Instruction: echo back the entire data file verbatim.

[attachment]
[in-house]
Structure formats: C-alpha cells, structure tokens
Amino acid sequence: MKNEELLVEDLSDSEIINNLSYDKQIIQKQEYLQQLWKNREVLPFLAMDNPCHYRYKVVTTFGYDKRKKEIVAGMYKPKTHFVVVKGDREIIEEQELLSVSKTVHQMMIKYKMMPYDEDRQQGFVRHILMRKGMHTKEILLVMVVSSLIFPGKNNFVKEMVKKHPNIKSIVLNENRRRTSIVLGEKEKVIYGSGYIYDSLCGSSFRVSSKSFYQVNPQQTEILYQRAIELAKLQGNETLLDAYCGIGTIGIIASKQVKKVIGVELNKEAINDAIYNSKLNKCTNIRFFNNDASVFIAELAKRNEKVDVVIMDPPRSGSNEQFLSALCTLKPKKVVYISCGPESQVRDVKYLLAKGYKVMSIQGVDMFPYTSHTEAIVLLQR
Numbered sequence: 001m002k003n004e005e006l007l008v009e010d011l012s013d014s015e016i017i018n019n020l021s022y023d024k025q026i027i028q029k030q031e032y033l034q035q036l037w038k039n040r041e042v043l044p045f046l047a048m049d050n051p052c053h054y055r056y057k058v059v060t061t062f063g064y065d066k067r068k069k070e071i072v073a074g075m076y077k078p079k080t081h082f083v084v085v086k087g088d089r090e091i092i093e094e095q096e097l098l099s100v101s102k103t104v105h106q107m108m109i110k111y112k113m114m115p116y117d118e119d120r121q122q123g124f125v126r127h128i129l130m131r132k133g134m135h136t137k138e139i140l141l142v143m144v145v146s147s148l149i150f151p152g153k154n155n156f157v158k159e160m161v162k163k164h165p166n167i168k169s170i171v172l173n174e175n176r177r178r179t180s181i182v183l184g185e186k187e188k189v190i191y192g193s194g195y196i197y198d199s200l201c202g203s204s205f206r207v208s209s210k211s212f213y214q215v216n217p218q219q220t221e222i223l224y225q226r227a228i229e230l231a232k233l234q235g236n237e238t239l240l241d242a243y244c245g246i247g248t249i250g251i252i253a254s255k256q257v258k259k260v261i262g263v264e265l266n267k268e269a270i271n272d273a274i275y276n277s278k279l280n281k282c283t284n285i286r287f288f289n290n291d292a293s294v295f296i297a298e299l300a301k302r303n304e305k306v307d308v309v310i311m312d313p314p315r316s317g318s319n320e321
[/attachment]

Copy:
[in-house]
Structure formats: C-alpha cells, structure tokens
Amino acid sequence: MKNEELLVEDLSDSEIINNLSYDKQIIQKQEYLQQLWKNREVLPFLAMDNPCHYRYKVVTTFGYDKRKKEIVAGMYKPKTHFVVVKGDREIIEEQELLSVSKTVHQMMIKYKMMPYDEDRQQGFVRHILMRKGMHTKEILLVMVVSSLIFPGKNNFVKEMVKKHPNIKSIVLNENRRRTSIVLGEKEKVIYGSGYIYDSLCGSSFRVSSKSFYQVNPQQTEILYQRAIELAKLQGNETLLDAYCGIGTIGIIASKQVKKVIGVELNKEAINDAIYNSKLNKCTNIRFFNNDASVFIAELAKRNEKVDVVIMDPPRSGSNEQFLSALCTLKPKKVVYISCGPESQVRDVKYLLAKGYKVMSIQGVDMFPYTSHTEAIVLLQR
Numbered sequence: 001m002k003n004e005e006l007l008v009e010d011l012s013d014s015e016i017i018n019n020l021s022y023d024k025q026i027i028q029k030q031e032y033l034q035q036l037w038k039n040r041e042v043l044p045f046l047a048m049d050n051p052c053h054y055r056y057k058v059v060t061t062f063g064y065d066k067r068k069k070e071i072v073a074g075m076y077k078p079k080t081h082f083v084v085v086k087g088d089r090e091i092i093e094e095q096e097l098l099s100v101s102k103t104v105h106q107m108m109i110k111y112k113m114m115p116y117d118e119d120r121q122q123g124f125v126r127h128i129l130m131r132k133g134m135h136t137k138e139i140l141l142v143m144v145v146s147s148l149i150f151p152g153k154n155n156f157v158k159e160m161v162k163k164h165p166n167i168k169s170i171v172l173n174e175n176r177r178r179t180s181i182v183l184g185e186k187e188k189v190i191y192g193s194g195y196i197y198d199s200l201c202g203s204s205f206r207v208s209s210k211s212f213y214q215v216n217p218q219q220t221e222i223l224y225q226r227a228i229e230l231a232k233l234q235g236n237e238t239l240l241d242a243y244c245g246i247g248t249i250g251i252i253a254s255k256q257v258k259k260v261i262g263v264e265l266n267k268e269a270i271n272d273a274i275y276n277s278k279l280n281k282c283t284n285i286r287f288f289n290n291d292a293s294v295f296i297a298e299l300a301k302r303n304e305k306v307d308v309v310i311m312d313p314p315r316s317g318s319n320e321